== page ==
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U.S. Department of State
96/08/15 Address to People of Bosnia-Herzegovina
Office of the Spokesman

                          U.S. DEPARTMENT OF STATE 
                          Office of the Spokesman 
                         Sarajevo, Bosnia-Herzgovena 
Text as Prepared for Delivery                        August 15, 1996 
                         LIVE TELEVISION ADDRESS 
	Good afternoon.  It is a great privilege for me on behalf of 
President Clinton and the American people to speak directly to you, the 
people of Bosnia.  I came to Sarajevo today to see firsthand the 
progress you have made and the challenges you are overcoming.  I am here 
to reaffirm the support of the United States and the international 
community as you prepare to hold next month's historic elections -- and 
as you move to establish a democratic, multi-ethnic government. 
	Last December, the Presidents of Bosnia-Herzgovena, Croatia and 
Serbia chose peace when they signed the Dayton Agreement.  But only you 
can make the peace enduring and enable your country to succeed.  Now you 
will have the opportunity and the power to make your choice. 
	In fact, I can see that you are already choosing peace.  When I 
visited Bosnia six months ago, I saw the first glimmer of recovery from 
war.  Now the opposing armies are disengaged and demobilized, thanks to 
the tremendous work of IFOR troops from over two dozen countries.  And 
today in Sarajevo, I saw that the people of Bosnia are rebuilding their 
lives and their country in this summer of hope. 
	This morning I arrived at the Sarajevo airport just after it 
reopened to civilian traffic.  Step by step, Bosnia's isolation from the 
world is ending.  I saw the bustle of people shopping as I walked 
through the Sarajevo marketplace.   
	I understand that all around the country, you are beginning to 
live normal lives again.  Every newspaper that is published, every 
factory that is back in production, every school that reopens and every 
bus and train that runs throughout your country testifies to the 
indomitable spirit of you, the Bosnian people.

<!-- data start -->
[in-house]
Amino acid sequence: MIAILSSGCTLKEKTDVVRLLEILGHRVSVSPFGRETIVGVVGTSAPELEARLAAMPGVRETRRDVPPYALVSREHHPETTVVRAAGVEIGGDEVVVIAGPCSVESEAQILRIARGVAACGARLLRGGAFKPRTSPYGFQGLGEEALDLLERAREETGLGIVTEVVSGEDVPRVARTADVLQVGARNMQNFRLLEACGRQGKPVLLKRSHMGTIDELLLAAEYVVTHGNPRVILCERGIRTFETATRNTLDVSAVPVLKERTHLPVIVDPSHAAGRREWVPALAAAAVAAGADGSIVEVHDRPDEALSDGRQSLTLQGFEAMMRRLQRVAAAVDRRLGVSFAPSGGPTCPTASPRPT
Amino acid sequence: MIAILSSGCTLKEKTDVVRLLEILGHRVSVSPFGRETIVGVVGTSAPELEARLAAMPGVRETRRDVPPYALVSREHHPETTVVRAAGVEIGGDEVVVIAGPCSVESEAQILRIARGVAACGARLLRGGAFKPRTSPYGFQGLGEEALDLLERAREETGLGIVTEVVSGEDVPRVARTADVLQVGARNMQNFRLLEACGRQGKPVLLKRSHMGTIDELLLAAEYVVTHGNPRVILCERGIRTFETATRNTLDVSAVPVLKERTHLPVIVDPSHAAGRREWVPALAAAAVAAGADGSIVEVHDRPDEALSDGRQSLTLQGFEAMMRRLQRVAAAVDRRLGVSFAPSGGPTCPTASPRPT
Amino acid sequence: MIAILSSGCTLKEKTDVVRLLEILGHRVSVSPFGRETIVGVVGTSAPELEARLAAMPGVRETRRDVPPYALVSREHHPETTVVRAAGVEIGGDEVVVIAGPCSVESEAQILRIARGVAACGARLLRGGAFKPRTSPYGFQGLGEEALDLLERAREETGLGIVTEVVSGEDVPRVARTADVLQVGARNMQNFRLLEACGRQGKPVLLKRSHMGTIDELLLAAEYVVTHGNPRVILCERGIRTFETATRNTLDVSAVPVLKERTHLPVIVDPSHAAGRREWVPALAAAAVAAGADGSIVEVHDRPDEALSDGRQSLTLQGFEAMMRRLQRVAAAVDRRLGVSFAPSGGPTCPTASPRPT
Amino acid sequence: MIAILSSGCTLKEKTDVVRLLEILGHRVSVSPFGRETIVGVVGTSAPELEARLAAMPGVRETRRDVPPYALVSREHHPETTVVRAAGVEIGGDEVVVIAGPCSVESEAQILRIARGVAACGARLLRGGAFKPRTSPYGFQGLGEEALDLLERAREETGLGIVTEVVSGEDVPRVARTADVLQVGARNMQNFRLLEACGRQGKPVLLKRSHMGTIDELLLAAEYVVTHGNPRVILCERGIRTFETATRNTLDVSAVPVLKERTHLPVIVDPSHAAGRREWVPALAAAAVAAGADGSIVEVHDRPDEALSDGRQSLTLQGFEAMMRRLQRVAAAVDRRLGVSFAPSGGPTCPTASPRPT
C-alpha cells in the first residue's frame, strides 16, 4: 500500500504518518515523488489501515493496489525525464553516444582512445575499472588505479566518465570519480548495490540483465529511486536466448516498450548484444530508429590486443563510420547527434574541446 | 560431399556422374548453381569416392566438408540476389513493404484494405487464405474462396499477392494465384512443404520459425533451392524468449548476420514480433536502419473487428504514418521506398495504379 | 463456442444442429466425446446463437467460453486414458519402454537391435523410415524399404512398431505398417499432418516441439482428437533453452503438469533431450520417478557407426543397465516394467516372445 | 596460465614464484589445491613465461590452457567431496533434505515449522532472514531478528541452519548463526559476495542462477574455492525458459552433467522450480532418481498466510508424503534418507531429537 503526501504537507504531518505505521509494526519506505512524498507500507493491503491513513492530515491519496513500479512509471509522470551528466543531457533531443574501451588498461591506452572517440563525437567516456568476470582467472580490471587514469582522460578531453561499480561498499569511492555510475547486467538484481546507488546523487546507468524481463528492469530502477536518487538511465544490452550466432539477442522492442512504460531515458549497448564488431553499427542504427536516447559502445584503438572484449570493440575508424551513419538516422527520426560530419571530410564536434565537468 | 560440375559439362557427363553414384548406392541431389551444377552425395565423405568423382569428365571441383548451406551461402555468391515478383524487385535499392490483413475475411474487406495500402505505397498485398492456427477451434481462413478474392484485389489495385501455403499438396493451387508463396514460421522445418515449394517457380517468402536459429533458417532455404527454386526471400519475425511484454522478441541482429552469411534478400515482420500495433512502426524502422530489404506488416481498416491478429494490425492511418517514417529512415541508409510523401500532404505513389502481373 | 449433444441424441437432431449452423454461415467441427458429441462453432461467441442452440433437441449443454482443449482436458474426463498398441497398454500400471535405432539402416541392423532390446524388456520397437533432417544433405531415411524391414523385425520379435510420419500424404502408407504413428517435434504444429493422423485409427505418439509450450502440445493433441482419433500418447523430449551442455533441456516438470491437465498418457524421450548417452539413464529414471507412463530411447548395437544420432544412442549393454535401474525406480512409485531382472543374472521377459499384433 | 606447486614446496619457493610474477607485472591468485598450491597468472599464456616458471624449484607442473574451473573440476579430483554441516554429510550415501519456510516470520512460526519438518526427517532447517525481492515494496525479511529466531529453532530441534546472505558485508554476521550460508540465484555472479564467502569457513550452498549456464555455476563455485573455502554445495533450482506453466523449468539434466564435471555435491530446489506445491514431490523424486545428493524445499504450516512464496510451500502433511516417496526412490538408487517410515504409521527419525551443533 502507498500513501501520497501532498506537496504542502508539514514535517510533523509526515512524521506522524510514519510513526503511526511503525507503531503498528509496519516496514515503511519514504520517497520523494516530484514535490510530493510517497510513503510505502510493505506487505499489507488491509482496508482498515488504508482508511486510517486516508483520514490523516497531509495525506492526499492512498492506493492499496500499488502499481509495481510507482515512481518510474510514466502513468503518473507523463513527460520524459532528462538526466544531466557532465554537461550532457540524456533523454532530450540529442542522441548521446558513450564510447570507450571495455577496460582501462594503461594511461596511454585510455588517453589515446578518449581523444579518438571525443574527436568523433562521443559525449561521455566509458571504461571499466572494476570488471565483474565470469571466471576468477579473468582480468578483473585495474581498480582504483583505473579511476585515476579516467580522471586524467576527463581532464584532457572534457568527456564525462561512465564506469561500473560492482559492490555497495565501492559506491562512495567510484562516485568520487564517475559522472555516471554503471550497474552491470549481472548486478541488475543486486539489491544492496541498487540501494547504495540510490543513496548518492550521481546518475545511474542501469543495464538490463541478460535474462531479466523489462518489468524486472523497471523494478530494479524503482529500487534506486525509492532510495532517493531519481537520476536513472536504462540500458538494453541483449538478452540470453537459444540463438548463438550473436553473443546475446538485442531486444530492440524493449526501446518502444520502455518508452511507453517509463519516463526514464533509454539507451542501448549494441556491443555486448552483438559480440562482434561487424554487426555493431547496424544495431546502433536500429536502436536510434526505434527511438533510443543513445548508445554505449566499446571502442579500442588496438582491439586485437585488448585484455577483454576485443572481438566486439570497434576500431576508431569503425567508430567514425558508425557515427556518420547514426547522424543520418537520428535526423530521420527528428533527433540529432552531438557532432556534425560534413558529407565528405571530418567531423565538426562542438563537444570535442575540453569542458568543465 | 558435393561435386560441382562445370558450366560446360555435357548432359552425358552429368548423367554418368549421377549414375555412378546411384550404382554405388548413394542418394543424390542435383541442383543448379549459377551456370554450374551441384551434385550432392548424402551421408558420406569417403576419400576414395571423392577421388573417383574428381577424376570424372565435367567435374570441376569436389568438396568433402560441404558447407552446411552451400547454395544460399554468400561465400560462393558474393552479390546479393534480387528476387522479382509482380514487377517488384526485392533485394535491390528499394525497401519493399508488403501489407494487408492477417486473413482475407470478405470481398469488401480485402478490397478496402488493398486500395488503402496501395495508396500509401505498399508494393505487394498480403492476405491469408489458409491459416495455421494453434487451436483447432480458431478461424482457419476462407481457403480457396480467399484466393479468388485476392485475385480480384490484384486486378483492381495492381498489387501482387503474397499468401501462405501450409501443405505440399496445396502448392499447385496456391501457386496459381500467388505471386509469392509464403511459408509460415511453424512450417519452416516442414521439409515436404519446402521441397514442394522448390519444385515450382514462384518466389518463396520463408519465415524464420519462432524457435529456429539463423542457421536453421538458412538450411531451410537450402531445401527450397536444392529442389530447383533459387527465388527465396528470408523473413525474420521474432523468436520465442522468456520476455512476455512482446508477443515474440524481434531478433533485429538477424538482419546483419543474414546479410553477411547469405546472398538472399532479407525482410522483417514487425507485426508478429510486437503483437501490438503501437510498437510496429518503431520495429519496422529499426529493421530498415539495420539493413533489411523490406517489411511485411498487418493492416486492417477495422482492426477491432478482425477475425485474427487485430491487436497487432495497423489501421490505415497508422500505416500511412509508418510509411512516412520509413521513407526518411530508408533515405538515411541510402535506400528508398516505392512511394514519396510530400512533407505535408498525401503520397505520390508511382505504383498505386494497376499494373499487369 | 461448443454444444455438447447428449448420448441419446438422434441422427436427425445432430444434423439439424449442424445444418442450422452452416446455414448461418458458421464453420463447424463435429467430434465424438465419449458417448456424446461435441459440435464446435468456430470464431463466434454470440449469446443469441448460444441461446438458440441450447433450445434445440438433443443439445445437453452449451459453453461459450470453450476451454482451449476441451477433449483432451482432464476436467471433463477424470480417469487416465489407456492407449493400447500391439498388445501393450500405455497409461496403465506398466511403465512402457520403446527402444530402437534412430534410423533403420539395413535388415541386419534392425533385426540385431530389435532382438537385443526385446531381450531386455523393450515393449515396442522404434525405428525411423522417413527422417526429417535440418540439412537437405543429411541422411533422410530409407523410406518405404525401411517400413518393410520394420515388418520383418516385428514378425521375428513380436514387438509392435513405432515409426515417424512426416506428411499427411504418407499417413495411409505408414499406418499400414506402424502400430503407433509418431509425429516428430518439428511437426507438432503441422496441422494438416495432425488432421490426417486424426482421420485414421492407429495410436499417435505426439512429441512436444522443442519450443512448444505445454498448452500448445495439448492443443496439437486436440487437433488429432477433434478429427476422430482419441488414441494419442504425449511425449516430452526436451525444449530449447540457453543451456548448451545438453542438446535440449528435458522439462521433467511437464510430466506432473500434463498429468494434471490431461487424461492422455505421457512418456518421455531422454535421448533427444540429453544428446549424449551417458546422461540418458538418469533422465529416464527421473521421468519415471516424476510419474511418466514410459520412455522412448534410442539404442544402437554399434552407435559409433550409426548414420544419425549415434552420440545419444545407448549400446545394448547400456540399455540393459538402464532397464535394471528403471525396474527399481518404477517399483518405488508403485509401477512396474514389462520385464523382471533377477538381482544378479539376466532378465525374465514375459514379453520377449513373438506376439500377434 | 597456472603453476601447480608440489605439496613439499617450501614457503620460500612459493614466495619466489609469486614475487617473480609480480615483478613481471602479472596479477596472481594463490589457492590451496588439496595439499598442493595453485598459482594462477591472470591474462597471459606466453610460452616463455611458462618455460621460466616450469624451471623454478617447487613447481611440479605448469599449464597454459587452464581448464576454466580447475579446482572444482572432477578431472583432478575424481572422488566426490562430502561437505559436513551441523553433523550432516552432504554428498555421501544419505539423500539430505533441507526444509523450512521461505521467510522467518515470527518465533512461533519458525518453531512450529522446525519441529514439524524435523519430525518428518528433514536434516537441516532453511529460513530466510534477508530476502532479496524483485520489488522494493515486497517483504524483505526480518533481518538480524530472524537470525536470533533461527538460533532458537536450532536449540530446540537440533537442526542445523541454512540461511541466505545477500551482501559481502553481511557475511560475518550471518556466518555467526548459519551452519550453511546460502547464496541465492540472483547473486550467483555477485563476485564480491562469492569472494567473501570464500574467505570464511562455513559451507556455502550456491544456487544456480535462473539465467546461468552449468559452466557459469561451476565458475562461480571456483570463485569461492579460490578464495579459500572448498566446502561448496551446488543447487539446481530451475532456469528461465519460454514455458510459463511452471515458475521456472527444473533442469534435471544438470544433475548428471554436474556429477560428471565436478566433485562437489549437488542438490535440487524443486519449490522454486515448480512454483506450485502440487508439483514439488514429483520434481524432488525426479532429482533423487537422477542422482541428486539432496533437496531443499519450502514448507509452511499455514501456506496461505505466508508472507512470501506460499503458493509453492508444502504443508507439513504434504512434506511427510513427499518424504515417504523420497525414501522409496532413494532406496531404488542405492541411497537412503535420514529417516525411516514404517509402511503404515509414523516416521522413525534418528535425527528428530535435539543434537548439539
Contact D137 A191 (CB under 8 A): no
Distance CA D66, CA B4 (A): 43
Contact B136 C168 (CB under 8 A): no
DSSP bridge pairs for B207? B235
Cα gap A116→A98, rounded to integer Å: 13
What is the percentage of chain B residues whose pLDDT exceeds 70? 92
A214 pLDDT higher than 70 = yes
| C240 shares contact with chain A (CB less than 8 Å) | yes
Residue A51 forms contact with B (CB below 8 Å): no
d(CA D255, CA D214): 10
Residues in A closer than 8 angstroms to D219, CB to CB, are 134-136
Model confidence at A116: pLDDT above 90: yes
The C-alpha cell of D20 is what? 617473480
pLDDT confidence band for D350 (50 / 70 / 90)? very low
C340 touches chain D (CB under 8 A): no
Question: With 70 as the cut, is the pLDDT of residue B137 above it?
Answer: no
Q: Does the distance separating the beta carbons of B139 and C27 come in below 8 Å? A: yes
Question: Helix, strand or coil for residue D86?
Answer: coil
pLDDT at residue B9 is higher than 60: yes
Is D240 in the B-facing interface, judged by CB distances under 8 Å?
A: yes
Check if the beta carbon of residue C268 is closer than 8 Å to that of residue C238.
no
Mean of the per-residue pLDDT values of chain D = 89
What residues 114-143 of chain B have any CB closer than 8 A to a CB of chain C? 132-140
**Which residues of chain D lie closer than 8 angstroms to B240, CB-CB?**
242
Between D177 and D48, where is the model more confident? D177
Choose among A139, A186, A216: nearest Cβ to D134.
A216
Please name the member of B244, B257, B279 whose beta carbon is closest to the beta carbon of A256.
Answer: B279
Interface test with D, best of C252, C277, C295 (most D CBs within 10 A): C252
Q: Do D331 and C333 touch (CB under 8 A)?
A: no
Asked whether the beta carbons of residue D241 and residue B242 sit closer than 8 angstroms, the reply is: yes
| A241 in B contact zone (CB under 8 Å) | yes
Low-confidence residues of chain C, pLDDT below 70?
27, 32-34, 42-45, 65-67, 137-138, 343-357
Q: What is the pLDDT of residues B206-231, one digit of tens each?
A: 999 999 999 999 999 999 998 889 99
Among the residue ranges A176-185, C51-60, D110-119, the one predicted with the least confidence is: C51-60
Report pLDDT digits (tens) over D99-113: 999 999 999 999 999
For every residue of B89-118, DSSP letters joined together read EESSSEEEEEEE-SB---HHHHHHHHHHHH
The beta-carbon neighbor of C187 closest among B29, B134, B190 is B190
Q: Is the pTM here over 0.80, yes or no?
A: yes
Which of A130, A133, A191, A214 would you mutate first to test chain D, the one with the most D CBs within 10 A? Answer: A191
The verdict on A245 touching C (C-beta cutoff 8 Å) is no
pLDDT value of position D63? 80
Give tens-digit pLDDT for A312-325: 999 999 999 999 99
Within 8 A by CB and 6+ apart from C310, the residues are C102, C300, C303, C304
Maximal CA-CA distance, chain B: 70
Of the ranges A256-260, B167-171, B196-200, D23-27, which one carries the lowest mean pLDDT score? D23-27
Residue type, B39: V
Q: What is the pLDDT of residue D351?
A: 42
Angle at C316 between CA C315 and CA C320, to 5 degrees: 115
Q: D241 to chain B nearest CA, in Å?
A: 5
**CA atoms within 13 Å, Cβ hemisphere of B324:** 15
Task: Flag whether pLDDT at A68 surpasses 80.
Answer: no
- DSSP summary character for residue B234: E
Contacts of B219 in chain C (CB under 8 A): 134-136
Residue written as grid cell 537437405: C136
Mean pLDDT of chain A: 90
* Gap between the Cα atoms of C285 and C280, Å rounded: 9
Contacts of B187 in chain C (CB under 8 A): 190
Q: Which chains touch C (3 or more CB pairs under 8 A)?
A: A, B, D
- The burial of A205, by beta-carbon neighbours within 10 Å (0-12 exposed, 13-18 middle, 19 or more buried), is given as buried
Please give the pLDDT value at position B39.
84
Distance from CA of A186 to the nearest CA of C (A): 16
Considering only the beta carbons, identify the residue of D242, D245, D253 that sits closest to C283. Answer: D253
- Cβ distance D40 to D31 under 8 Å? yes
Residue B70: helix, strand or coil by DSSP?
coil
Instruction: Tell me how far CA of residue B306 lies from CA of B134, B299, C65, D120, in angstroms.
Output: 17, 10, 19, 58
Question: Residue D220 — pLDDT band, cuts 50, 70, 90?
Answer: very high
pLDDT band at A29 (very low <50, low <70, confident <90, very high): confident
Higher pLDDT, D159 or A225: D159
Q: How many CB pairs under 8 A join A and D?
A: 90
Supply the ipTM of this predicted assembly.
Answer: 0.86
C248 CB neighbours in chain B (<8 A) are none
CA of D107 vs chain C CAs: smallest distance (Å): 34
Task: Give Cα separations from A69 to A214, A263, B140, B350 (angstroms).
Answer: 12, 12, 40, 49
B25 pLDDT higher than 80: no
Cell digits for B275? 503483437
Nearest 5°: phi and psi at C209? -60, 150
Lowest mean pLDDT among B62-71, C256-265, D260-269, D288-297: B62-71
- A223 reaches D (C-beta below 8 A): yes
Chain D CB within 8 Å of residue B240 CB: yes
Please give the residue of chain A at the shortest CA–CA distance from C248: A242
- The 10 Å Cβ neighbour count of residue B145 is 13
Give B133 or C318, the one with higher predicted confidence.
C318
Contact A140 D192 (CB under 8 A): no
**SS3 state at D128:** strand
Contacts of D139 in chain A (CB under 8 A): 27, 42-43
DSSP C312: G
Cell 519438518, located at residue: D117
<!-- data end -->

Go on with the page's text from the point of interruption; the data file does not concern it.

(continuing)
What I heard and saw today gives me great confidence -- confidence 
that hope can triumph over violence and tolerance over hate on September 
14.  With this election you will take back the power that was denied you 
for four long years by snipers and prisons, by tanks and mines. 
	Yesterday in Geneva, Presidents Izetbegovic, Milosevic and Tudjman 
joined me for the third time this year as we work together to overcome 
in the way of the lasting peace you deserve.  The three Presidents 
renewed their commitment to help ensure the conditions for democratic 
elections.  The agreements we reached will increase the chances that all 
the people of Bosnia will be able to move throughout the country freely 
and cast votes without fear of violence or intimidation. 
	Let me tell you why, on behalf of President Clinton, I am pressing 
your leaders so hard to enable these elections to succeed.    
	For us, democracy is a cherished ideal.  Today, throughout Europe, 
people long oppressed by the cruel hand of communism are beginning to 
share in the blessings of democracy.  Now you too have the opportunity 
to build a democracy of your own.  Your success will bring a better life 
to your country, and greater stability to this entire region. 
	After the votes are counted, the winners and losers, large parties 
and small, will all have the responsibility to come together, with the 
willingness to compromise and the determination to move forward.   
	This will not be an easy path to follow.  Securing the blessings 
of peace and democracy will require more than just an election.  I 
hardly need to tell you that we have a long way to go before there are 
jobs and homes for everyone and before the shadow of violence and hate 
disappears from your lives. 
	But I am convinced this is the only way to lasting peace and 
growing prosperity.  The path of extremism and intolerance -- as you 
know as well as any people in the world -- leads back to war and 
	Four years ago, a small minority began a war that most Bosnians 
did not want.  On September 14, the majority have a chance to be heard.  
I hope and I believe that you will choose a better future over the 
bitter past.  As you walk the path of peace, you can count on the United 
States and the international community to continue to walk that path 
with you. 
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